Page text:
delver3Ranged combat occurs through bows and spells (often via wands). These use up charges and arrows, which are in limited supply, so you can’t just turn the game into a first-person shooter. On the receiving end, the spells can be the nastiest – especially from some casters. I die from a ranged blast more often than anything else. You can dodge ranged effects,  or hide behind an obstacle. You can also maneuver so that another enemy is shielding you from ranged attacks, and will take full damage. It does seem like you get experience points whenever an enemy dies, regardless of whether you were the direct cause of death, or they died from another enemy’s attacks or they fell victim to a trap.

Traps are of the pressure-plate variety that I have seen so far, and will reset a few seconds after they go off. Sometimes you have no choice but to step on a pressure plate, as it is perhaps filling the floor in a narrow corridor. In these cases, you have a few choices. If an enemy walks over the plate and takes the damage, you have a few seconds to rush forward and past it before it resets. Or you can throw an object onto it to trigger it, and either rush ahead before it resets, or – if the item landed directly on the plate – leave the item alone and let it keep the trigger pressed, so it never resets. Or, obviously, just run over it and suck up the hit.

Monsters do respawn, although it takes a while. So if you really don’t feel ready for the next level, you can wait a little bit and grind the respawns. The last time I checked, it did feel like the level maps didn’t always fill out completely. Either it doesn’t do that, or some rooms are inaccessible in the builds I’ve played, or there is a much more subtle style of secret door that I missed than usual.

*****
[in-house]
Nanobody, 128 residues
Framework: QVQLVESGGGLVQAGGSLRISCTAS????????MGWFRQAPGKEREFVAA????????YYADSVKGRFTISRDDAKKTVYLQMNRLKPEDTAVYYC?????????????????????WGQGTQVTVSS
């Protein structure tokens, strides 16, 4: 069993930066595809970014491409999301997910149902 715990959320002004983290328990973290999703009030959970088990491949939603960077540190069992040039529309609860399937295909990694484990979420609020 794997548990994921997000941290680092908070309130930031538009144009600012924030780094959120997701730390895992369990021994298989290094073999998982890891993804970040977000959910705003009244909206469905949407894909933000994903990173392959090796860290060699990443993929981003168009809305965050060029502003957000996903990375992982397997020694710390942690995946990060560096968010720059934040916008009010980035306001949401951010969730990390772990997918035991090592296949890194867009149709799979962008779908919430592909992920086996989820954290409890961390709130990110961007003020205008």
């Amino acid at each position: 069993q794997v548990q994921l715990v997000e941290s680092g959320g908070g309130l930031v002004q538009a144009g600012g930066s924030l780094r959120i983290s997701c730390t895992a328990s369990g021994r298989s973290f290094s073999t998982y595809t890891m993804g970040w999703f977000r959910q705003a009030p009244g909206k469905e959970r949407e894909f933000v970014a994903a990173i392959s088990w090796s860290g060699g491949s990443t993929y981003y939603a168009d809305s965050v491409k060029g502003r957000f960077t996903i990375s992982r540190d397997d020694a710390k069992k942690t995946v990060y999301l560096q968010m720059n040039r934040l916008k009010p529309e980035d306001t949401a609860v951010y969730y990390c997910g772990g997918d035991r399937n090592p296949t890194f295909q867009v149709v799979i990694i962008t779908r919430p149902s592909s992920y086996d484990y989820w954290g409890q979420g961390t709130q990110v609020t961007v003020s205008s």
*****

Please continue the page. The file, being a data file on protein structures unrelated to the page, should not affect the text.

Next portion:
It seems that there’s supposed to be some trading that can eventually be done (one the people outside the dungeon in the beginning of the game offers things for sale), and some overall goal that I haven’t payed attention to. I’ve never gotten to the end of the game, but I have picked up bits of storyline offered at random in journal pages, or by the adventurers that hang around outside the dungeon.

Like any *good* roguelike, death should not seem arbitrary, and it almost always feels like I can blame myself. I got too bold & cocky (often dying with healing spells / potions / food in my inventory), or simply got stupid and ran into a surprise I was not ready for.

Overall, this is a cute, straightforward little game that I’ve had a lot of fun with. I rarely play for more than 15 minutes in a session, but that’s part of what makes me a fan. It’s just the kind of quick-break type of experience I need, and for me, the 3D action / first-person perspective thing is an enhancement to the roguelike experience. I hope it keeps getting expanded on, and that the last bugs get fixed.  It’s worth keeping an eye on this one.